Just weeks after two unexpected cases of blood cancer landed trials of its investigational gene therapies for sickle cell disease (SCD) and beta-thalassemia on FDA-issued clinical holds, Bluebird Bio Inc. said it's talking to regulators about their resumption after what RBC analyst Luca Issi called a "partial exoneration" of the BB-305 lentiviral vector (LLV) shared between the medicines.

The FDA's clinical hold applies to four studies overall, including the HGB-206 and HGB-210 studies of Lentiglobin for SCD (BB-1111) and the HGB-207 and HGB-212 studies of betibeglogene autotemcel for beta-thalassemia – a medicine conditionally authorized in the EU in June 2019 for certain patients 12 and older with transfusion-dependent beta-thalassemia.

Based on analyses to date, Bluebird said it's "very unlikely" that a case of acute myeloid leukemia (AML) reported in its phase I/II HGB-206 study of Lentiglobin was related to the BB-305 vector, but that it's still investigating a case of myelodysplastic syndrome (MDS) in another SCD trial participant. Company shares (NASDAQ:BLUE) rose 8.1% to $32.48 on March 10.

In addition to earlier findings of "several well-known genetic mutations and gross chromosomal abnormalities commonly observed in AML" in the SCD patient who developed it, Bluebird’s latest analysis identified the integration site for the vector within a gene called VAMP4, said Philip Gregory, Bluebird's chief scientific officer.

"VAMP4 has no known association with the development of AML nor with processes such as cellular proliferation or genome stability. Moreover, we see no significant gene misregulation attributable to the insertion event," he said.

"BB-305 LVV was present in the AML blast cells, but there was not sufficient information to determine causality," the company concluded.

RBC's Issi called the update "incrementally positive given no obvious evidence of insertional oncogenesis," though he said he expects an "uphill battle" with regulators and commercial adoption, a story that is already playing out in Europe.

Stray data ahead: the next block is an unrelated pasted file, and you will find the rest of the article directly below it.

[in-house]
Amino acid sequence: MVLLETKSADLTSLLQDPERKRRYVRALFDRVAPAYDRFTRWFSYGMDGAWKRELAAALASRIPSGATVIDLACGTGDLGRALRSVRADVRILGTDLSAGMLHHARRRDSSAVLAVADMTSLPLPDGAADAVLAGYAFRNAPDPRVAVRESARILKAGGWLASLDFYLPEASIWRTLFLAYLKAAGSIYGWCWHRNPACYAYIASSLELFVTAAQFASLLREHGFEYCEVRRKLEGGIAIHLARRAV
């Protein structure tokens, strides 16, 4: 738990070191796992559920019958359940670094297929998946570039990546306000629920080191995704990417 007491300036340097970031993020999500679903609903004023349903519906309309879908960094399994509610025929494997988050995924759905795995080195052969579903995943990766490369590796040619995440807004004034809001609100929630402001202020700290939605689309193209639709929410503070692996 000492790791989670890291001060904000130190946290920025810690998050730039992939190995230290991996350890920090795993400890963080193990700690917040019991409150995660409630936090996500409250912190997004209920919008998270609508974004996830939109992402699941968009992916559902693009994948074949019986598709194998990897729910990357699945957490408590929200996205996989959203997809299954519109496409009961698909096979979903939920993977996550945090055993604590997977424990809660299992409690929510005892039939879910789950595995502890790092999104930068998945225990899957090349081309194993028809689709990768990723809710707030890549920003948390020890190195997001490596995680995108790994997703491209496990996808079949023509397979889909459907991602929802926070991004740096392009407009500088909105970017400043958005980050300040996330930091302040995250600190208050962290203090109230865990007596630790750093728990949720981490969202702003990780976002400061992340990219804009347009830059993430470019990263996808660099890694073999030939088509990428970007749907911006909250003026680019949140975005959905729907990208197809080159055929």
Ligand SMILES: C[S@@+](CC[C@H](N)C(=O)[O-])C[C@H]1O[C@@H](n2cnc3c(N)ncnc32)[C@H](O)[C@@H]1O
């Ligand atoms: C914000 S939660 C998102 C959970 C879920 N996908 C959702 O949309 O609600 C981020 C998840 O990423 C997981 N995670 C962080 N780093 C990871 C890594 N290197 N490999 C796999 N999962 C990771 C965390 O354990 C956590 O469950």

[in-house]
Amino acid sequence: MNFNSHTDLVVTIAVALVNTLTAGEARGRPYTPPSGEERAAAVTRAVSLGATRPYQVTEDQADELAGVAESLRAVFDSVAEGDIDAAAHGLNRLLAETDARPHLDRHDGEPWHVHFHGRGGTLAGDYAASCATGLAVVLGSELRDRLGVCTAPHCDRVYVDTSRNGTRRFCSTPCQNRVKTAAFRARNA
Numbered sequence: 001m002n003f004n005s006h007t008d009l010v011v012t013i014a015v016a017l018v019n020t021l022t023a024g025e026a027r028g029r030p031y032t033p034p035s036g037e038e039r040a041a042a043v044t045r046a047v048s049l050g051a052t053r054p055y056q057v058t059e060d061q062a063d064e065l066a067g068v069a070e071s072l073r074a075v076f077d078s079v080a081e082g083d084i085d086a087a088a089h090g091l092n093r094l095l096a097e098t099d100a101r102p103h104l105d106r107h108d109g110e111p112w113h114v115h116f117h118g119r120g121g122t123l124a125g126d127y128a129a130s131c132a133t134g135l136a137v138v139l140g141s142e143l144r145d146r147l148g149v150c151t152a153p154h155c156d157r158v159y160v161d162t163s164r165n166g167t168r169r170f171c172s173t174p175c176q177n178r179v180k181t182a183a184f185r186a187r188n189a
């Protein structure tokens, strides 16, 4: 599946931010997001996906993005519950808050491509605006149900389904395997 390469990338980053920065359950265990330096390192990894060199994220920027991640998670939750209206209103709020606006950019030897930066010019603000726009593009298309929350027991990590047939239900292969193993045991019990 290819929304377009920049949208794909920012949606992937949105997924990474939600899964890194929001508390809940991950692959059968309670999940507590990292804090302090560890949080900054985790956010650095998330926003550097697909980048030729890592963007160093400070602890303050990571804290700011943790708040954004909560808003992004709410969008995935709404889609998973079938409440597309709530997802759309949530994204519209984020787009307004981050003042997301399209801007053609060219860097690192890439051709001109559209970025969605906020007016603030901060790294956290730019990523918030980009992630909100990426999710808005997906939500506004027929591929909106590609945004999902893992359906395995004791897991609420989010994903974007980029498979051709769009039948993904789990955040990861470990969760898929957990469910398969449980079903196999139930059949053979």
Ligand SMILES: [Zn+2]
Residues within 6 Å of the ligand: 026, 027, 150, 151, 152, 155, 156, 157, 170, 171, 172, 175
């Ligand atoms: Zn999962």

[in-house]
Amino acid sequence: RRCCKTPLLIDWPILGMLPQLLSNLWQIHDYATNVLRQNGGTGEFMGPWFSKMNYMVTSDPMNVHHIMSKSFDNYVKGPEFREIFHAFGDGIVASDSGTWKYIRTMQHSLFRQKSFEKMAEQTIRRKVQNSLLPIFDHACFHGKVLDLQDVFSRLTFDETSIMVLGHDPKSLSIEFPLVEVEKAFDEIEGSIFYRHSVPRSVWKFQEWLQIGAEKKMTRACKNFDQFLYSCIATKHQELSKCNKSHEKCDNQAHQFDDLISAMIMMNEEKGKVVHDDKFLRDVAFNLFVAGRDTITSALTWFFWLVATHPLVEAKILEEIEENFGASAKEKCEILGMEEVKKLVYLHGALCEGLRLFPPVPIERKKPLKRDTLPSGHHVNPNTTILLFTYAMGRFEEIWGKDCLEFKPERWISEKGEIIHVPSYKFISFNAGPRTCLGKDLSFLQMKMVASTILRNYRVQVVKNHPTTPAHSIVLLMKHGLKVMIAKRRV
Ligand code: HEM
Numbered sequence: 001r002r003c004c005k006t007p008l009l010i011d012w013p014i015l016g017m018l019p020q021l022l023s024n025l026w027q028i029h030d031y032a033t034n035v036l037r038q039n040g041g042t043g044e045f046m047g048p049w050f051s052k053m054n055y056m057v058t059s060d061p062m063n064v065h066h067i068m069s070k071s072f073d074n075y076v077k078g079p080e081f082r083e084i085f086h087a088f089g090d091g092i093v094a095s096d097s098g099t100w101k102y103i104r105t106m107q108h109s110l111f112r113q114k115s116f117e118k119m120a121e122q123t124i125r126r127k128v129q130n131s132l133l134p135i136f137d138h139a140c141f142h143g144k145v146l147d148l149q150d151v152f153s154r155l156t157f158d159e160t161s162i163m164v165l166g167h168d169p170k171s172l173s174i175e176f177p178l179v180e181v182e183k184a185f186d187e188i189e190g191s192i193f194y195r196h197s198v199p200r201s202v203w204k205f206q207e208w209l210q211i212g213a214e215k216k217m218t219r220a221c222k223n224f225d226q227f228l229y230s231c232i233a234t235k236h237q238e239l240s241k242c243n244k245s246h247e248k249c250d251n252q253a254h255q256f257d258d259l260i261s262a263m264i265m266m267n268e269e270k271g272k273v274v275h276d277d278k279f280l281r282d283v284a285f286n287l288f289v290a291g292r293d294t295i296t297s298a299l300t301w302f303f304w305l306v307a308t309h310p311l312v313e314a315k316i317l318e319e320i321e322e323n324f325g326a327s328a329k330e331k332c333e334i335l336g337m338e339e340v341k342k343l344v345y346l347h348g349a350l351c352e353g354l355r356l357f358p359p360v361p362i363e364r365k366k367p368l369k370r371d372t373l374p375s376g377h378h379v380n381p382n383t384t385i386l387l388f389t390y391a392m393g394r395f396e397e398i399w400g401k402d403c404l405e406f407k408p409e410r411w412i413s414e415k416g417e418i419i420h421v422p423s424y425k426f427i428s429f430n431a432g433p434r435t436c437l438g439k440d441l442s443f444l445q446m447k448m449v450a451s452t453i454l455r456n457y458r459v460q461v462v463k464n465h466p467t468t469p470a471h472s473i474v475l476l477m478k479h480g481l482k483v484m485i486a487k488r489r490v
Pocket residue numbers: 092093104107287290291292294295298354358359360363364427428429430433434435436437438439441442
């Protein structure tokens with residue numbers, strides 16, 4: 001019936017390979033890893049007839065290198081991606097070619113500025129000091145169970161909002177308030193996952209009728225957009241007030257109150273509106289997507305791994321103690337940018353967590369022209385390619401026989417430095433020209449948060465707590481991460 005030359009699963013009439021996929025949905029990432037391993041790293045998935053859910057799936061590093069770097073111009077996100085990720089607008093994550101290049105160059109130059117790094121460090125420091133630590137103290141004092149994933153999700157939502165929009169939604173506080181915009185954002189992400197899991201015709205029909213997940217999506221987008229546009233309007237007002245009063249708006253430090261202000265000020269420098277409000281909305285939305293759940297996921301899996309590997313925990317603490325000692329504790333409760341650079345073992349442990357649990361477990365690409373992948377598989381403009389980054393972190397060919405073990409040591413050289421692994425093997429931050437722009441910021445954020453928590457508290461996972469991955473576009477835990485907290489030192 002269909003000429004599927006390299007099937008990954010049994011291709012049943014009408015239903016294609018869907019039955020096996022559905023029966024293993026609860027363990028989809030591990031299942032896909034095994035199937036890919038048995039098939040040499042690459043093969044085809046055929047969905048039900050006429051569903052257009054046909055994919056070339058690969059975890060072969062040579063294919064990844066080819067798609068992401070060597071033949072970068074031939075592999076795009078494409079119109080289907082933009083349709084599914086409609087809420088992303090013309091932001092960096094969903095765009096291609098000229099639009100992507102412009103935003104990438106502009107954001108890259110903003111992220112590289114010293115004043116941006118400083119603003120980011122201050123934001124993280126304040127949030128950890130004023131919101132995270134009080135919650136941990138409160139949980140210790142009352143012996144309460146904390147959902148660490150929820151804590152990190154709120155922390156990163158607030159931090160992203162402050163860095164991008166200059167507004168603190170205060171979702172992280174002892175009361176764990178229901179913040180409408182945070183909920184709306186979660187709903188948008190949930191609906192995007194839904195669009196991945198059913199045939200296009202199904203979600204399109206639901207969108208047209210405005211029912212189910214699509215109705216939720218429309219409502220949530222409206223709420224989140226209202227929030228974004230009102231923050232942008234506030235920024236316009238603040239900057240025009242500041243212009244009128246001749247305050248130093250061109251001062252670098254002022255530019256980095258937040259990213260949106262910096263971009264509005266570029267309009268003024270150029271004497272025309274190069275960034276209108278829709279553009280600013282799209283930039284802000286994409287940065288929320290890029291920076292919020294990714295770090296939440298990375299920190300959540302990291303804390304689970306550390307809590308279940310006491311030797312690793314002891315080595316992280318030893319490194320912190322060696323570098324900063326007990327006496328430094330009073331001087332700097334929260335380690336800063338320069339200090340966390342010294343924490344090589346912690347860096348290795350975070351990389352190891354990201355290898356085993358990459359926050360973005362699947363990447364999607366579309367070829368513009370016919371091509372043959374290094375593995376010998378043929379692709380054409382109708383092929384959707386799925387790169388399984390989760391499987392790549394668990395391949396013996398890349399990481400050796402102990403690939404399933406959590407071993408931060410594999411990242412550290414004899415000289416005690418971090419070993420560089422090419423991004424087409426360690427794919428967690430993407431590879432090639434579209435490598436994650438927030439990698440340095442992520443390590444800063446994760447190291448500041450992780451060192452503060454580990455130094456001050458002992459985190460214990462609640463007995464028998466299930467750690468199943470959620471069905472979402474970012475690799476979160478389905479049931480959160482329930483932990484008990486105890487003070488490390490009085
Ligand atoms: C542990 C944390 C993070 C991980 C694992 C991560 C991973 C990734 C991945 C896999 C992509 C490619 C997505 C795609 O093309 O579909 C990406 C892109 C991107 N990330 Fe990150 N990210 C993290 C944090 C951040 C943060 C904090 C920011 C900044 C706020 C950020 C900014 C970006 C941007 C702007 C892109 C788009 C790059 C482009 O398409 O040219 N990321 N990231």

The EMA, which earlier granted the beta-thalassemia therapy Zynteglo (betibeglogene autotemcel) a conditional marketing authorization, has now paused the renewal procedure for that grant while its Pharmacovigilance Risk Assessment Committee reviews the risks and benefits of the product. The committee will determine whether any additional pharmacovigilance measures are necessary. Meanwhile, Bluebird itself has temporarily suspended marketing of Zynteglo in Europe since it's manufactured using BB-305, just like Lentiglobin for SCD.

The case of the MDS that arose in another patient in the HGB-206 SCD study remains under investigation, Bluebird said. The focus of that investigation appears to be reaching a determination about whether clinical findings even meet the standard for MDS and, if so, if Lentiglobin for SCD had any role. The MDS diagnosis was based on prolonged anemia following an infusion of the medicine coupled with an observation of trisomy 8 in a small percentage of the patient's bone marrow cells, Bluebird said.

"However, no blasts or dysplastic cells were seen in an examination of the patient’s bone marrow, and while trisomy 8 is associated with myeloid malignancies, this finding is not sufficient for a diagnosis of MDS in the absence of blasts or dysplastic cells," it said March 10.

The evidence and Bluebird's arguments for their import appeared to land well not just with RBC, but with Mizuho Securities and J.P. Morgan analysts as well. Mizuho's team raised its estimated probability of success for the SCD and beta-thalassemia programs to 80% – a far cry from having written them off altogether earlier, assigning a 0% probability – while J.P. Morgan suggested "Lentiglobin’s path forward appears improved."

Still, Bluebird's share price, which fell 37.8% to $28.44 on Feb. 16 when the AML and MDS cases were first announced, is unlikely to fully rebound to levels seen before those disclosures, J.P. Morgan's Cory Kasimov wrote. That's partly due to the outstanding questions on the MDS case "as well as a lack of meaningful catalysts," he wrote.

Next on Bluebird's list of upcoming milestones is the March 27 PDUFA date for idecabtagene vicleucel (ide-cel, also known as BB-2121) in multiple myeloma. The B-cell maturation antigen-directed chimeric antigen receptor T-cell therapy, developed with Bristol Myers Squibb Co., is widely expected to win FDA approval, suggesting that success is already baked into Bluebird’s story on Wall Street. That puts the focus instead on "on commercial traction/competition," Kasimov wrote, news of which will unfold in the months to come.